The reports that have come out on Neuralink's treatment of monkeys have been grim. Accounts of ruptured brains and drawn out deaths have haunted all that have read them, bringing immense scrutiny to the biotech company.
Now, the Securities and Exchange Commission (SEC) is being pressured by lawmakers to investigate Neuralink founder and owner Elon Musk, who may have misled investors by not revealing the grisly effects of its brain implants in primates.
Wired reports that four members of the House of Representatives accused Musk today of issuing false statements in September regarding the deaths of a dozen macaque monkeys during Neuralink trials conducted between 2018 and 2020.
For Musk and company, the timing of the move couldn't be worse. In September, Neuralink announced that it was seeking volunteers for human trials. But with all the behind-the-scenes details that have emerged, and possibly this latest pressure on federal regulators, whether the human trials will proceed unhindered becomes less certain.
The representatives, Earl Blumenauer (D-OR), Jim McGovern (D-MA), Barbara Lee (D-CA), and Tony Cardenas (D-CA), argue that Musk committed securities fraud by obfuscating the legality of the Neuralink trials to investors.
They point to a post on X-formerly-Twitter that Musk made in September, in which he claimed that all the monkeys that perished were "terminal" cases that were "close to death already," asserting that none of them "died as a result of a Neuralink implant."
"Mr. Musk knows this statement is false," the representatives told SEC head Gary Gensler, as quoted by Wired.
Their claims are backed up by the details of the Wired investigations, released in September and October. An ex-Neuralink employee told the magazine that Musk's claim that the monkeys were terminal was "ridiculous" and a "straight up fabrication."
"We had these monkeys for a year or so before any surgery was performed," the ex-employee said.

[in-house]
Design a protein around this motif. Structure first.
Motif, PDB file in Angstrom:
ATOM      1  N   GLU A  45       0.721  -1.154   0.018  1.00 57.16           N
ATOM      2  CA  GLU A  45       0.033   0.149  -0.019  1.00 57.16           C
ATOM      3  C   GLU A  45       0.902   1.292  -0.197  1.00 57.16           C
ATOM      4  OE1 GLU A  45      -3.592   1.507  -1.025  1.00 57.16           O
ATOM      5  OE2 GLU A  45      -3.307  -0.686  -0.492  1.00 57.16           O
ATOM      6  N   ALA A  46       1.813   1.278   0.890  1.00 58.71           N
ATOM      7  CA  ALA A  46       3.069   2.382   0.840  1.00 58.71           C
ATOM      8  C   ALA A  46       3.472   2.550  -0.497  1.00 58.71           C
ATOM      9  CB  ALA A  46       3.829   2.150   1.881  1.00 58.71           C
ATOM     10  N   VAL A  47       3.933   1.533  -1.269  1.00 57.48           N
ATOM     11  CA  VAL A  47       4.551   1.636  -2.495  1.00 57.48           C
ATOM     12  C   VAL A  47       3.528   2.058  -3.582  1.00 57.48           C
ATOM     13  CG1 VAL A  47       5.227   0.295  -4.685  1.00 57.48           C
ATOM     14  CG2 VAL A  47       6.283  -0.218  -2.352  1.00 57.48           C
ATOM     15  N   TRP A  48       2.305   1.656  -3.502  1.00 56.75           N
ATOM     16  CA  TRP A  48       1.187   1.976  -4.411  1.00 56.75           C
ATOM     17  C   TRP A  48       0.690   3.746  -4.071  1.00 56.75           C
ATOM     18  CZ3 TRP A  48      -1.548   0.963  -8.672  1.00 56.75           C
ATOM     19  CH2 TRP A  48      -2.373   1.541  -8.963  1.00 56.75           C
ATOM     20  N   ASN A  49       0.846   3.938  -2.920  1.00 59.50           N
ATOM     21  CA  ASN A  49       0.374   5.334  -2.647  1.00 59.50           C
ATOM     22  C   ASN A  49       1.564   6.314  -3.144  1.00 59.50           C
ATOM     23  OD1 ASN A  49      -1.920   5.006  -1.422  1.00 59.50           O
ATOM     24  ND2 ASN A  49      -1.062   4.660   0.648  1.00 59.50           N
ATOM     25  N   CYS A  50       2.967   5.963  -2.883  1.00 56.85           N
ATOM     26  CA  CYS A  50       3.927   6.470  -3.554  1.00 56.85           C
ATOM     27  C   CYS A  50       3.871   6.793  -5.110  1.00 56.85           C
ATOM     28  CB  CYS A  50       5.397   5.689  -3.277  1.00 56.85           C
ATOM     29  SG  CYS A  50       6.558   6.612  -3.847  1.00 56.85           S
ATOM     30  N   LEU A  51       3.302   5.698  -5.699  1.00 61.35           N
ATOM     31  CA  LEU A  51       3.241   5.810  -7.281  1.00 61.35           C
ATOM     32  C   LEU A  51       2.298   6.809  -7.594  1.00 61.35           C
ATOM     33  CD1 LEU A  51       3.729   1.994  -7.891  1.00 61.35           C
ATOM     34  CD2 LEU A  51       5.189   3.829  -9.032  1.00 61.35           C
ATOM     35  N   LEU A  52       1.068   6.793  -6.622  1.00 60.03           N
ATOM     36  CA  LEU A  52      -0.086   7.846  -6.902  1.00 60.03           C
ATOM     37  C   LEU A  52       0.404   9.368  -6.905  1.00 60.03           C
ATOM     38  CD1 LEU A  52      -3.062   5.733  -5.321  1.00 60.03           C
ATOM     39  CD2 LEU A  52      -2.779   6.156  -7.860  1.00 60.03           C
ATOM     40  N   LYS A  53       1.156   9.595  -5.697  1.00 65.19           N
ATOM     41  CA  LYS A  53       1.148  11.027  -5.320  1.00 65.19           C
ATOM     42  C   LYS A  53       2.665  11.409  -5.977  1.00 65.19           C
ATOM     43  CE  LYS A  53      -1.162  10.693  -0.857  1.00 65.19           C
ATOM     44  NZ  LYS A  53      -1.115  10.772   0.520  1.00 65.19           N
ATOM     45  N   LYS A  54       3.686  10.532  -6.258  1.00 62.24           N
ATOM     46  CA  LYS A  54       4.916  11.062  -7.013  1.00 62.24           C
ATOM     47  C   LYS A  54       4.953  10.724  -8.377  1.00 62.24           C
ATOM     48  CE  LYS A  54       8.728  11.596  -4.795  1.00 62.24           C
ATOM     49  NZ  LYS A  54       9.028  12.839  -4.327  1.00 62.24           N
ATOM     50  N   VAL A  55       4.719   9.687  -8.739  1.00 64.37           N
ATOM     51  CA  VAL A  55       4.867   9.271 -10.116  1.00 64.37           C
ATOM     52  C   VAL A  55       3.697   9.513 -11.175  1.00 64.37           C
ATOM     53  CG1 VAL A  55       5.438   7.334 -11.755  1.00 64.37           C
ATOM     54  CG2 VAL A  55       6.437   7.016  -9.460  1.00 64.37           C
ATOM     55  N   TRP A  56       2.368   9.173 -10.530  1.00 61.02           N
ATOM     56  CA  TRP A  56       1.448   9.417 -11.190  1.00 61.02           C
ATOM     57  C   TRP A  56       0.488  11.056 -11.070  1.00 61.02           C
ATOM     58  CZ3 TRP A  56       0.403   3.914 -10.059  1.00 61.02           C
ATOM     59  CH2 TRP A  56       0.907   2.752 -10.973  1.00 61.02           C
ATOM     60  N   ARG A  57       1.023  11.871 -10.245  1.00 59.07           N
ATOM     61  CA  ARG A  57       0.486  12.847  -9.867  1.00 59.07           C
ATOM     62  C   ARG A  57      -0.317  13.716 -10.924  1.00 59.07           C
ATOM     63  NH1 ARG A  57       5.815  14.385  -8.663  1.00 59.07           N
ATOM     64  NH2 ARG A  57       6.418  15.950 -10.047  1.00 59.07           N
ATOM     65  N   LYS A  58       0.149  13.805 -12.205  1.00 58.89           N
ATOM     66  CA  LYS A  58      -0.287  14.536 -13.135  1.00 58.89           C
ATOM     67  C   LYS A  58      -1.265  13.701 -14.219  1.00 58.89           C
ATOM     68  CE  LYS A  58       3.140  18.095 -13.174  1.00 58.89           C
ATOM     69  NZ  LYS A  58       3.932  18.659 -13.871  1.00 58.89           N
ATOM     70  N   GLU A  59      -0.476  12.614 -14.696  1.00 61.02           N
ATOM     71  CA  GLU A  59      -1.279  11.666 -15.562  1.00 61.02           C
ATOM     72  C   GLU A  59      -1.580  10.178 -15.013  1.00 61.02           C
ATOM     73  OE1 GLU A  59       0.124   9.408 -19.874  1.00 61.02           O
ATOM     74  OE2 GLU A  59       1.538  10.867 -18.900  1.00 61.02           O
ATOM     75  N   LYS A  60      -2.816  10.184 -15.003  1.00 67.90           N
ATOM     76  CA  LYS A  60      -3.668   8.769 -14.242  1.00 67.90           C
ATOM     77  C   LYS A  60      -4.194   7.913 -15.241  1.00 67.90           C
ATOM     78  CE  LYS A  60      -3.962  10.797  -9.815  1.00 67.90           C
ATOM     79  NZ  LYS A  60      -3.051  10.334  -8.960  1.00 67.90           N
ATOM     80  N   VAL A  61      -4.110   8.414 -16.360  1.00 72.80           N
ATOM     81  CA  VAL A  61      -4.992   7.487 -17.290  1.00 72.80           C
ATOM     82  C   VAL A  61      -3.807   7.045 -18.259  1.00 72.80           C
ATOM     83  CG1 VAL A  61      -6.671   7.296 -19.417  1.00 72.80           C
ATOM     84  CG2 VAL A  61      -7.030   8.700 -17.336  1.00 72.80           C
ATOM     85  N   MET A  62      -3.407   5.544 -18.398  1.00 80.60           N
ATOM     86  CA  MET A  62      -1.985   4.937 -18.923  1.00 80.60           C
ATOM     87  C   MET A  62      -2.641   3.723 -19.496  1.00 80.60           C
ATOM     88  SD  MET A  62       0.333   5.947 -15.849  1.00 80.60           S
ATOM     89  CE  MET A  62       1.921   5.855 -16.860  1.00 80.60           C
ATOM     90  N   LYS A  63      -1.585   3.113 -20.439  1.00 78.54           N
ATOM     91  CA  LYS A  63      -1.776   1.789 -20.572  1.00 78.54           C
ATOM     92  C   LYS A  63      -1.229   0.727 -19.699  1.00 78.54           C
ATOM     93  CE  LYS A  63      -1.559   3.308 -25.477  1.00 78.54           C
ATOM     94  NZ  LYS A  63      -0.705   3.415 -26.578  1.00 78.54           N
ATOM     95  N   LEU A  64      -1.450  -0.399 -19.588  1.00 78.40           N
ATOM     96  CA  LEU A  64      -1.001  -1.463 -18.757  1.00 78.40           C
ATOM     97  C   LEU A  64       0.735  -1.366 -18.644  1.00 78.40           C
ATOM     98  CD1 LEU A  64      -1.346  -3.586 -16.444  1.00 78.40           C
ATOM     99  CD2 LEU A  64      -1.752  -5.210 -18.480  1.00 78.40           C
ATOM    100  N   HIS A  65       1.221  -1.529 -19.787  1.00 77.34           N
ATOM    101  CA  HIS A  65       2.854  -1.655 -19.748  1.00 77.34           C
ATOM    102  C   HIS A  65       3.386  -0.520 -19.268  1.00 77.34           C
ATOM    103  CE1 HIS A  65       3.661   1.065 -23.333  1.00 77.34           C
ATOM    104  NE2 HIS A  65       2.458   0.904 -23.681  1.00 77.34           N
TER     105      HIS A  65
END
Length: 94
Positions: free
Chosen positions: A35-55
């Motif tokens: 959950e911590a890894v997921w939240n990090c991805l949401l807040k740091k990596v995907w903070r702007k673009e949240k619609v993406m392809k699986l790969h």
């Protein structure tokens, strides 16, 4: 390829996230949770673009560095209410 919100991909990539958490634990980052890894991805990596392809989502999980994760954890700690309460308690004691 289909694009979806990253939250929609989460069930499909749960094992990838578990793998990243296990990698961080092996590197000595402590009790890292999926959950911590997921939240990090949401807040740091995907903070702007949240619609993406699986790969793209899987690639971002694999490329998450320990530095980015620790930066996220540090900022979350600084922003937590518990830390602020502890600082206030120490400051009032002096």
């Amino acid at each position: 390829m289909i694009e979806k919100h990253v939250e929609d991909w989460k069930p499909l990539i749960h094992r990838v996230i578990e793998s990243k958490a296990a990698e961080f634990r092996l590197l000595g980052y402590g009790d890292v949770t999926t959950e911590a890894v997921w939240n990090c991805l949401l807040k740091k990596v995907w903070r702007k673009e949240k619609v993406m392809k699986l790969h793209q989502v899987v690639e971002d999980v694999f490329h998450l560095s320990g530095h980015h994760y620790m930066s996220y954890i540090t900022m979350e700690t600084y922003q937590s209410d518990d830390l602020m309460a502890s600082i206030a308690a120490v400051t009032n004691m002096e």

An anonymous scientist who worked at the primate center where Neuralink conducted its trials said that all the monkeys were young and likely healthy.
"It's hard to imagine these monkeys, who were not adults, were terminal for some reason," they told the magazine.
If there's any truth to what we've learned about Neuralink's treatment of animals, the representatives argue that these details directly bear on "the safety and marketability of Neuralink's brain-computer interface," as quoted by Wired.
By withholding this information to investors, Musk may have even violated an SEC rule regarding public information on the company's activities.
Musk does have a history of misleading investors, and indeed run-ins with the SEC, Wired notes. In 2018, the federal regulator charged him with securities fraud for declaring on Twitter, no less, that he might be taking Tesla private. The case was ended in a settlement totaling $40 million in fines for Musk.
We'll have to see if the SEC will decide to take action once again. For now, Neuralink is proceeding as if nothing's happened, readying up its robots that will be tasked with performing brain implant surgery into humans — and God knows what will come of that.
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